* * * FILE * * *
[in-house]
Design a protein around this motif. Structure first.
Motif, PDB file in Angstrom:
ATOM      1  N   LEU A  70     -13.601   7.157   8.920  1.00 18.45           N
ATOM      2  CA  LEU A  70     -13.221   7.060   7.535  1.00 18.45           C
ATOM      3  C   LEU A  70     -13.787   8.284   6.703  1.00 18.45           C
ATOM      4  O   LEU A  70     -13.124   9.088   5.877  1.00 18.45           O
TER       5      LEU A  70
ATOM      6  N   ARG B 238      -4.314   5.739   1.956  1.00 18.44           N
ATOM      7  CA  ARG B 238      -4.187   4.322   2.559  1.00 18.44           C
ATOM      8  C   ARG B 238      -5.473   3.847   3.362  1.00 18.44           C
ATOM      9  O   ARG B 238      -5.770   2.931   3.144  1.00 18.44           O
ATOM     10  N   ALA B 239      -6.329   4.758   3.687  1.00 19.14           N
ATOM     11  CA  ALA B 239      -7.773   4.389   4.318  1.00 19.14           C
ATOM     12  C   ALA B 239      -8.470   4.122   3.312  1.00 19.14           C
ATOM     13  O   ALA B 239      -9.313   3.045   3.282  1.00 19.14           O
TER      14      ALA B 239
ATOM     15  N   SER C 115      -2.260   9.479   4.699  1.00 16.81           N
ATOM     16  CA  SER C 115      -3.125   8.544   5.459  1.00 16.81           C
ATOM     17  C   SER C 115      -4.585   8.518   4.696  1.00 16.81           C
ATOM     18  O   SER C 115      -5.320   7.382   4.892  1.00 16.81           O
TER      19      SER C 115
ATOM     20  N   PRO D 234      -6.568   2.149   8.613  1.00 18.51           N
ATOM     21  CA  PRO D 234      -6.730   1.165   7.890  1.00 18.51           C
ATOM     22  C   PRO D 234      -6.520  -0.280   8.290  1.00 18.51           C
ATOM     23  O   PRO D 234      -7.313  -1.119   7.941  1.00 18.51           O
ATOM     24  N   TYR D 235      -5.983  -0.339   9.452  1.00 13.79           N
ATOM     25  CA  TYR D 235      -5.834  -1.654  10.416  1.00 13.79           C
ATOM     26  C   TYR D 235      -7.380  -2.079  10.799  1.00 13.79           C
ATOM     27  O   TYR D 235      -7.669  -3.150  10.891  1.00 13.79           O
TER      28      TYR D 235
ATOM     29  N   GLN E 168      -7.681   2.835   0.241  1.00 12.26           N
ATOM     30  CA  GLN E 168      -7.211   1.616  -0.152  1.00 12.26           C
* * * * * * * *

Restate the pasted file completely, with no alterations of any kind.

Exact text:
[in-house]
Design a protein around this motif. Structure first.
Motif, PDB file in Angstrom:
ATOM      1  N   LEU A  70     -13.601   7.157   8.920  1.00 18.45           N
ATOM      2  CA  LEU A  70     -13.221   7.060   7.535  1.00 18.45           C
ATOM      3  C   LEU A  70     -13.787   8.284   6.703  1.00 18.45           C
ATOM      4  O   LEU A  70     -13.124   9.088   5.877  1.00 18.45           O
TER       5      LEU A  70
ATOM      6  N   ARG B 238      -4.314   5.739   1.956  1.00 18.44           N
ATOM      7  CA  ARG B 238      -4.187   4.322   2.559  1.00 18.44           C
ATOM      8  C   ARG B 238      -5.473   3.847   3.362  1.00 18.44           C
ATOM      9  O   ARG B 238      -5.770   2.931   3.144  1.00 18.44           O
ATOM     10  N   ALA B 239      -6.329   4.758   3.687  1.00 19.14           N
ATOM     11  CA  ALA B 239      -7.773   4.389   4.318  1.00 19.14           C
ATOM     12  C   ALA B 239      -8.470   4.122   3.312  1.00 19.14           C
ATOM     13  O   ALA B 239      -9.313   3.045   3.282  1.00 19.14           O
TER      14      ALA B 239
ATOM     15  N   SER C 115      -2.260   9.479   4.699  1.00 16.81           N
ATOM     16  CA  SER C 115      -3.125   8.544   5.459  1.00 16.81           C
ATOM     17  C   SER C 115      -4.585   8.518   4.696  1.00 16.81           C
ATOM     18  O   SER C 115      -5.320   7.382   4.892  1.00 16.81           O
TER      19      SER C 115
ATOM     20  N   PRO D 234      -6.568   2.149   8.613  1.00 18.51           N
ATOM     21  CA  PRO D 234      -6.730   1.165   7.890  1.00 18.51           C
ATOM     22  C   PRO D 234      -6.520  -0.280   8.290  1.00 18.51           C
ATOM     23  O   PRO D 234      -7.313  -1.119   7.941  1.00 18.51           O
ATOM     24  N   TYR D 235      -5.983  -0.339   9.452  1.00 13.79           N
ATOM     25  CA  TYR D 235      -5.834  -1.654  10.416  1.00 13.79           C
ATOM     26  C   TYR D 235      -7.380  -2.079  10.799  1.00 13.79           C
ATOM     27  O   TYR D 235      -7.669  -3.150  10.891  1.00 13.79           O
TER      28      TYR D 235
ATOM     29  N   GLN E 168      -7.681   2.835   0.241  1.00 12.26           N
ATOM     30  CA  GLN E 168      -7.211   1.616  -0.152  1.00 12.26           C